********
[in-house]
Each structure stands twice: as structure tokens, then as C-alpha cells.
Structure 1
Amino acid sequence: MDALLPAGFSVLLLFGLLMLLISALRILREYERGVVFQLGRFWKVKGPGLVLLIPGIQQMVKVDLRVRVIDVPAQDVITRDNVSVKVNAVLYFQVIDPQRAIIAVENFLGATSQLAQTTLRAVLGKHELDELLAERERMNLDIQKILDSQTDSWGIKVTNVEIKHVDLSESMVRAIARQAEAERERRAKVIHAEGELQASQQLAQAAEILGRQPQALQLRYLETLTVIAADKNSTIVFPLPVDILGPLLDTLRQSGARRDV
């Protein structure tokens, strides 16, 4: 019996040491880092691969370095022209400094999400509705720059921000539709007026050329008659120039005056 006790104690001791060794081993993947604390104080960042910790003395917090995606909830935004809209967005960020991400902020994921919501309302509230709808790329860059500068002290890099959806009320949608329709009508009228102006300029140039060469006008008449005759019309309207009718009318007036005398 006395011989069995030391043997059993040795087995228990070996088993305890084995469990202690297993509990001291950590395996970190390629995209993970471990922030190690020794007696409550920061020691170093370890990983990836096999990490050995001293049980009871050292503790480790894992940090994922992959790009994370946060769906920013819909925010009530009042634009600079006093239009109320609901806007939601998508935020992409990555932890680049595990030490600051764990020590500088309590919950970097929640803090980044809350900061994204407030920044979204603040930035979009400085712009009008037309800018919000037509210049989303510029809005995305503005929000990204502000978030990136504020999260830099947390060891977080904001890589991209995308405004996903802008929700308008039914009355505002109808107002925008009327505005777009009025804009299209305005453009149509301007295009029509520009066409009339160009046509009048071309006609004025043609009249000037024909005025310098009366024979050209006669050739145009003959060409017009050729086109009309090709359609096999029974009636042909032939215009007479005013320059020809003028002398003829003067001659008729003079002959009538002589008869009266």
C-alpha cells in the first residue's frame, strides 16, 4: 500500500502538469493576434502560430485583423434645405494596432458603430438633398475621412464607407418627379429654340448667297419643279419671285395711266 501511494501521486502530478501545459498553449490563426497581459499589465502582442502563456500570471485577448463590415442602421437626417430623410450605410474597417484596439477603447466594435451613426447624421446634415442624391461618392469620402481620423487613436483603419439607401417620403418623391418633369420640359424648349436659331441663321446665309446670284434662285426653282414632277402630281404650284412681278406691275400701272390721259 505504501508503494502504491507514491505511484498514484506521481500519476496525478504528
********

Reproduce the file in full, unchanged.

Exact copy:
[in-house]
Each structure stands twice: as structure tokens, then as C-alpha cells.
Structure 1
Amino acid sequence: MDALLPAGFSVLLLFGLLMLLISALRILREYERGVVFQLGRFWKVKGPGLVLLIPGIQQMVKVDLRVRVIDVPAQDVITRDNVSVKVNAVLYFQVIDPQRAIIAVENFLGATSQLAQTTLRAVLGKHELDELLAERERMNLDIQKILDSQTDSWGIKVTNVEIKHVDLSESMVRAIARQAEAERERRAKVIHAEGELQASQQLAQAAEILGRQPQALQLRYLETLTVIAADKNSTIVFPLPVDILGPLLDTLRQSGARRDV
């Protein structure tokens, strides 16, 4: 019996040491880092691969370095022209400094999400509705720059921000539709007026050329008659120039005056 006790104690001791060794081993993947604390104080960042910790003395917090995606909830935004809209967005960020991400902020994921919501309302509230709808790329860059500068002290890099959806009320949608329709009508009228102006300029140039060469006008008449005759019309309207009718009318007036005398 006395011989069995030391043997059993040795087995228990070996088993305890084995469990202690297993509990001291950590395996970190390629995209993970471990922030190690020794007696409550920061020691170093370890990983990836096999990490050995001293049980009871050292503790480790894992940090994922992959790009994370946060769906920013819909925010009530009042634009600079006093239009109320609901806007939601998508935020992409990555932890680049595990030490600051764990020590500088309590919950970097929640803090980044809350900061994204407030920044979204603040930035979009400085712009009008037309800018919000037509210049989303510029809005995305503005929000990204502000978030990136504020999260830099947390060891977080904001890589991209995308405004996903802008929700308008039914009355505002109808107002925008009327505005777009009025804009299209305005453009149509301007295009029509520009066409009339160009046509009048071309006609004025043609009249000037024909005025310098009366024979050209006669050739145009003959060409017009050729086109009309090709359609096999029974009636042909032939215009007479005013320059020809003028002398003829003067001659008729003079002959009538002589008869009266």
C-alpha cells in the first residue's frame, strides 16, 4: 500500500502538469493576434502560430485583423434645405494596432458603430438633398475621412464607407418627379429654340448667297419643279419671285395711266 501511494501521486502530478501545459498553449490563426497581459499589465502582442502563456500570471485577448463590415442602421437626417430623410450605410474597417484596439477603447466594435451613426447624421446634415442624391461618392469620402481620423487613436483603419439607401417620403418623391418633369420640359424648349436659331441663321446665309446670284434662285426653282414632277402630281404650284412681278406691275400701272390721259 505504501508503494502504491507514491505511484498514484506521481500519476496525478504528